“For the longest time I thought asking for help was a sign of weakness because that’s kind of what society teaches us. Well, you know what? If someone wants to call me weak for asking for help that’s their problem. Because I’m saving my own life.”

Michael Phelps

Michael Phelps, Simone Biles and Naomi Osaka have all come forward with testimonies about their personal experience with anxiety, depression, trauma, social anxiety; and many more professional and collegiate athletes are coming forward with their own personal stories and journey through the murky waters of sport and mental health.

While there are some amazing organizations like “I love to watch you play” and “Changing the Game Project,” who are creating resources and better ways to do sport, there is still so much work to do at so many levels and so many kids who are not getting this message. Talking about the differences between our identity and our value system can be a way to open a conversation with your athletes and teams about what matters.


Here’s a little exercise to do on your own or with your athlete.

Download my FREE RESOURCE “Identity Versus Values” and keep it handy. You can either print it out or screenshot it for reference.

Find a list of values (you can search one up or use this one). Print out a copy – yes, pen to paper because it’s good for your brain – and circle all the values that you feel best describe you.

Now the fun begins. Select your top FIVE values out of all the ones you circled.

These are the ones that matter most to you – notice any similarities to your sports team or your family. Notice any differences. You may not begin to live out or make decisions off these values (and some may change as you grow and learn) but now you have values to work from.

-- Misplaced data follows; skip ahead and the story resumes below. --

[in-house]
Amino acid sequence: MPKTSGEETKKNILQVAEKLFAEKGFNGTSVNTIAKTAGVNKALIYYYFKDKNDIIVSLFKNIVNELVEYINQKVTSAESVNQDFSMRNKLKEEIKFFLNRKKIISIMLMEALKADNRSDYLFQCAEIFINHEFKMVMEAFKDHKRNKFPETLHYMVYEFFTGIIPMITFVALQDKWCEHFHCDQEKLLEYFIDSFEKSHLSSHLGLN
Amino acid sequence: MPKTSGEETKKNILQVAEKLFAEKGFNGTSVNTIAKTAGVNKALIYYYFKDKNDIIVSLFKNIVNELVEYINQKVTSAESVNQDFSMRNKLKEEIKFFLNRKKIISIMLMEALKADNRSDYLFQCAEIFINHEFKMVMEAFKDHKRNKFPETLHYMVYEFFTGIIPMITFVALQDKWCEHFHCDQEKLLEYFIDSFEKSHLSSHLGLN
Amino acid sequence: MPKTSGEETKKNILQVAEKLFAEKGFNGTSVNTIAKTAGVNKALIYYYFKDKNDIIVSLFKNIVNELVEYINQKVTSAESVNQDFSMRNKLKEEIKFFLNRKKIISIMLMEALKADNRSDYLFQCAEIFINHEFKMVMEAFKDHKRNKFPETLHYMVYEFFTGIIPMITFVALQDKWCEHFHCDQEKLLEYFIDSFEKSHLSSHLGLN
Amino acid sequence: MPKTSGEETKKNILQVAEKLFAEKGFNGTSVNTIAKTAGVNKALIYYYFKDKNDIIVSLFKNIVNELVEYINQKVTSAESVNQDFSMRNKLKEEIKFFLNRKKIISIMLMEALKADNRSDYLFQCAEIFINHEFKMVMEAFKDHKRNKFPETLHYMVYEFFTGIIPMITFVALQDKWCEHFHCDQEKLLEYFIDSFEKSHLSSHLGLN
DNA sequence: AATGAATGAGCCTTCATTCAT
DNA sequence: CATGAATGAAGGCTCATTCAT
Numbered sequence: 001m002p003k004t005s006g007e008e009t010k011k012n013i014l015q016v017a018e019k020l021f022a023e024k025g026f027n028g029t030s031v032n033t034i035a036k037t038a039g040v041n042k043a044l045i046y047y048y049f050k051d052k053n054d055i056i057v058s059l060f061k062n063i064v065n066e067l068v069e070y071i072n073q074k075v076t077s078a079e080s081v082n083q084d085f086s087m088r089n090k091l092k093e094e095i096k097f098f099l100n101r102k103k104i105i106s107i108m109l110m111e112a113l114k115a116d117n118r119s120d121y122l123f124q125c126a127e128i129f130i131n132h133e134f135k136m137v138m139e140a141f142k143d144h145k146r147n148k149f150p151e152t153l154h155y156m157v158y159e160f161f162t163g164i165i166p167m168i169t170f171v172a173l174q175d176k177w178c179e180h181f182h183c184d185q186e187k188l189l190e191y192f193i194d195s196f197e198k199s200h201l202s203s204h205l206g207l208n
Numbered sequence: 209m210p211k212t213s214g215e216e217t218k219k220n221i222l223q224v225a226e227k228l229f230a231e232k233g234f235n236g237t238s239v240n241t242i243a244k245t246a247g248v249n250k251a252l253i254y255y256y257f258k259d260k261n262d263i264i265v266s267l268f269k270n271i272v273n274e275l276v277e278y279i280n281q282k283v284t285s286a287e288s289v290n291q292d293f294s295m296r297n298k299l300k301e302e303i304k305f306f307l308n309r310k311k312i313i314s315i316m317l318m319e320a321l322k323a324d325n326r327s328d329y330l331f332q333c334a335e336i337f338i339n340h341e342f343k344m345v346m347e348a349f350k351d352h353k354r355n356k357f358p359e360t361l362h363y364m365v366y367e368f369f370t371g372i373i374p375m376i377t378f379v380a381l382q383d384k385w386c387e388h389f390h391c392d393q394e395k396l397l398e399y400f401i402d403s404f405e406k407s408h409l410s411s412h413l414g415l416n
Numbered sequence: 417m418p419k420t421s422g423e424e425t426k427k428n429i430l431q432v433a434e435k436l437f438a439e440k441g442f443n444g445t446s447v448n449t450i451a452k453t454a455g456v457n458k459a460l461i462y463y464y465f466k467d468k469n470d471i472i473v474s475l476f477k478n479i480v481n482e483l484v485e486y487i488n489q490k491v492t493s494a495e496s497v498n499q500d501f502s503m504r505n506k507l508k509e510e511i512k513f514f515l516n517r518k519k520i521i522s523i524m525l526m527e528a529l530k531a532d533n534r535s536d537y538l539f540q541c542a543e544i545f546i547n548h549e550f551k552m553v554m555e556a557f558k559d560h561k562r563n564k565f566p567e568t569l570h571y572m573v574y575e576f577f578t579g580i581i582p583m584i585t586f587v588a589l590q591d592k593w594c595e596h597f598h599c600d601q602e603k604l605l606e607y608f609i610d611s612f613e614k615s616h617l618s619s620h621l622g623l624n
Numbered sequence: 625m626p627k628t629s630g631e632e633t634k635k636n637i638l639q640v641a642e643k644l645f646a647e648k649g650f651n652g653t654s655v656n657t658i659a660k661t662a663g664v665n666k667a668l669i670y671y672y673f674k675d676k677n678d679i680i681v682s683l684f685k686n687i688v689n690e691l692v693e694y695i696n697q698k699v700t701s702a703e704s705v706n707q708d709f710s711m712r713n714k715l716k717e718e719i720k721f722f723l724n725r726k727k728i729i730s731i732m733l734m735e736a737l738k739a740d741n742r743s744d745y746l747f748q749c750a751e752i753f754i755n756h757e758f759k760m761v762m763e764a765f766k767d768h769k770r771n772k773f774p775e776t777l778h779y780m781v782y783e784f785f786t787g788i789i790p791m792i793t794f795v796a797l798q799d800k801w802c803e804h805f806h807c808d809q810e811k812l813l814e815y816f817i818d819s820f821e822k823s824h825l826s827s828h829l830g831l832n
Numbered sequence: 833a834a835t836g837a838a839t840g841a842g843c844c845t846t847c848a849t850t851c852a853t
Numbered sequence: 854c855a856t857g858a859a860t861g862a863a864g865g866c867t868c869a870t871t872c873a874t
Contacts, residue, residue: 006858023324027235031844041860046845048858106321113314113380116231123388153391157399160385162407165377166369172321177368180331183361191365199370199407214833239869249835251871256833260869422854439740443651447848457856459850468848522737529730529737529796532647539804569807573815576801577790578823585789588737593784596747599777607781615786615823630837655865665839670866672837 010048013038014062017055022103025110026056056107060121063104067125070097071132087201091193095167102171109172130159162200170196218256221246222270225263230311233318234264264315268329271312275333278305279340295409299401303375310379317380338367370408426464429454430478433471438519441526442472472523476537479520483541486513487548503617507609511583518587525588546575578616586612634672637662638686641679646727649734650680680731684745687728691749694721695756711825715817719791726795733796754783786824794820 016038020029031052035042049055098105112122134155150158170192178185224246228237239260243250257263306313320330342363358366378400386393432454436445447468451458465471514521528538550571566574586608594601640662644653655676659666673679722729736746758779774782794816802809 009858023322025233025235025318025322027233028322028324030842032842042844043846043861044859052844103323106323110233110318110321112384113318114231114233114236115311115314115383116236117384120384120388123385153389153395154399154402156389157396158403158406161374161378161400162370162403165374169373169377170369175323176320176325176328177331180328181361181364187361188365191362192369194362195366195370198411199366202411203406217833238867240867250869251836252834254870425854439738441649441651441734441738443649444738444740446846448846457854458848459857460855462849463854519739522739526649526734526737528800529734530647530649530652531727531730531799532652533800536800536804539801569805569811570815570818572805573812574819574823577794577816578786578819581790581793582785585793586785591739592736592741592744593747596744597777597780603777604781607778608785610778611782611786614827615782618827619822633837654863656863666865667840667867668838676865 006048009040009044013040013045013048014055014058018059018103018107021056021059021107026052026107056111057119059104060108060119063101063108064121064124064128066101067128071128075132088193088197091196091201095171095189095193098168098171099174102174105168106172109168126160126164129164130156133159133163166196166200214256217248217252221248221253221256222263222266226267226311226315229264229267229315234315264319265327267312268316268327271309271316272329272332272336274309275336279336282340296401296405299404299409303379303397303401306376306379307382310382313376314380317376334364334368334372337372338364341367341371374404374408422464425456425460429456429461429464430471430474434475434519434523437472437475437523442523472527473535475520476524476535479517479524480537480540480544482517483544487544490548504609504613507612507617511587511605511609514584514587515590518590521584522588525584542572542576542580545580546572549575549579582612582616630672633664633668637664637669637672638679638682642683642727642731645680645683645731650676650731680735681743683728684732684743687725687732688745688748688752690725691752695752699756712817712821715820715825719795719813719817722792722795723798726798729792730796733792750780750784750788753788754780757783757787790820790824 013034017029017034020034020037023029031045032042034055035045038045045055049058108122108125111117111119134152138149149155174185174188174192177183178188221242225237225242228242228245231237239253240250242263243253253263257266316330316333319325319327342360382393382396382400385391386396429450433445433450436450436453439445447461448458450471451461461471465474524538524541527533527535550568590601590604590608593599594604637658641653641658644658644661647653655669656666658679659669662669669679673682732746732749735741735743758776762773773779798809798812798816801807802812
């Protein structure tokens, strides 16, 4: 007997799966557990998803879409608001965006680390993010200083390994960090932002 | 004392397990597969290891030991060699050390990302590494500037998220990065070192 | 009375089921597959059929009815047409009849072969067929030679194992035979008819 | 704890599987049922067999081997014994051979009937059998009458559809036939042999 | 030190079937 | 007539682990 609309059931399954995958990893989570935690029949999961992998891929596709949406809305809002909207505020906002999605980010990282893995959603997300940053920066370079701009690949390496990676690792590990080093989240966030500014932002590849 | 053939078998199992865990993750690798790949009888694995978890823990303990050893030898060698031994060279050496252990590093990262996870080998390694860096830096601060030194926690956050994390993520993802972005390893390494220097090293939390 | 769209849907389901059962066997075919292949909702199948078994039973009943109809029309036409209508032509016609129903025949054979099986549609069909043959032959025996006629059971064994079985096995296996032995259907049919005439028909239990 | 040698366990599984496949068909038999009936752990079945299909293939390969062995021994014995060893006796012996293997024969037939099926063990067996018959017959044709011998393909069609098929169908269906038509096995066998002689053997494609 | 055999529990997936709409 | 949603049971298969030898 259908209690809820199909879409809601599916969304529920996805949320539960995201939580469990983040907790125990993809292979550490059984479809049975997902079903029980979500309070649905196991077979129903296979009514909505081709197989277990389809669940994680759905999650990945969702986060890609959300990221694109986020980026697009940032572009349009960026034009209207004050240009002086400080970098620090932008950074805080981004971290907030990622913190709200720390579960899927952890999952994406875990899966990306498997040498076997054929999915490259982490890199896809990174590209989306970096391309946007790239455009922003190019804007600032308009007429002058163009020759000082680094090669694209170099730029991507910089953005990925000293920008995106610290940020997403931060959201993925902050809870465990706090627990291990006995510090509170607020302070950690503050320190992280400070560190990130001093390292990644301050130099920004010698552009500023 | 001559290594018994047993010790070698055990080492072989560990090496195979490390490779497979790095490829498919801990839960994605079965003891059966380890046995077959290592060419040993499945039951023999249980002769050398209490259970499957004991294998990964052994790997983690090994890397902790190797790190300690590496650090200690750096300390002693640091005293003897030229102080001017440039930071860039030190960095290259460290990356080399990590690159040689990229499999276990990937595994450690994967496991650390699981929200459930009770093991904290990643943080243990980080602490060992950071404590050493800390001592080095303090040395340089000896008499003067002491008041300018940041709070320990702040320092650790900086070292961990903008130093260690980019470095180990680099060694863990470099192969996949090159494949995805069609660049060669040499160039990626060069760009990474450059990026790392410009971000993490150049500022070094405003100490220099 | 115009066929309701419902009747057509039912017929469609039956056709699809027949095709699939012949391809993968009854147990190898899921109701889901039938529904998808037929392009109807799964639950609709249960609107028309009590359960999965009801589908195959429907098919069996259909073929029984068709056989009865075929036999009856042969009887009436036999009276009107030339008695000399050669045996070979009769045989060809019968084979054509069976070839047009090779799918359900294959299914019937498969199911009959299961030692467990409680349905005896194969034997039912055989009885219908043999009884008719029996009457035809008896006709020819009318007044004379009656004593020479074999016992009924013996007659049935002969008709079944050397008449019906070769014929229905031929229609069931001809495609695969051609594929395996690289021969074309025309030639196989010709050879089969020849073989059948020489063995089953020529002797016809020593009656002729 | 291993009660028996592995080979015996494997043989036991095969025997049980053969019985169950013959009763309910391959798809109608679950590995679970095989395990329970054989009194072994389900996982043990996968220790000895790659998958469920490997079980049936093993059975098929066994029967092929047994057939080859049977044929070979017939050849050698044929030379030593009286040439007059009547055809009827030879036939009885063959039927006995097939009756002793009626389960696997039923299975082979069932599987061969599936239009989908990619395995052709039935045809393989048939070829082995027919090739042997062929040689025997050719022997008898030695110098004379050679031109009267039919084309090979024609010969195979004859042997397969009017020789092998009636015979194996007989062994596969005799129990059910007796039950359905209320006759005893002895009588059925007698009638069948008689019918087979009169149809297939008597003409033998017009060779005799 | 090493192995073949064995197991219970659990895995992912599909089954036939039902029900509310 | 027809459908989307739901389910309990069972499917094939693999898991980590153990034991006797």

Write this down: I am an athlete who is (fill in one of your values from the list) and keep it somewhere you see everyday like your bathroom mirror or your nightstand.

Priscilla Tallman is a Mindset and Performance Coach in Phoenix, AZ. She has an undergraduate degree in Psychology and graduate degree in Clinical Psychology. She is an 2x All-America volleyball player from the University of Georgia, SEC Freshman and Player of the year and was inducted into UGA’s prestigious Circle of Honor in 2006. She has played on the US National Team and played one season of professional volleyball in Geneva, Switzerland. She has coached at the youth, high school, club and collegiate level.

She has written two nationally-published performance journals.

30 Day Return to Play: An Edge in Sports, Mental Reps for Life

30 Day Reset Journal: An Edge in Sports, Habits for Life

Published by pytallman

Wife, mother, Christ follower.

Leave a Reply

Fill in your details below or click an icon to log in: Logo

You are commenting using your account. Log Out /  Change )

Facebook photo

You are commenting using your Facebook account. Log Out /  Change )

Connecting to %s

This site uses Akismet to reduce spam. Learn how your comment data is processed.

%d bloggers like this: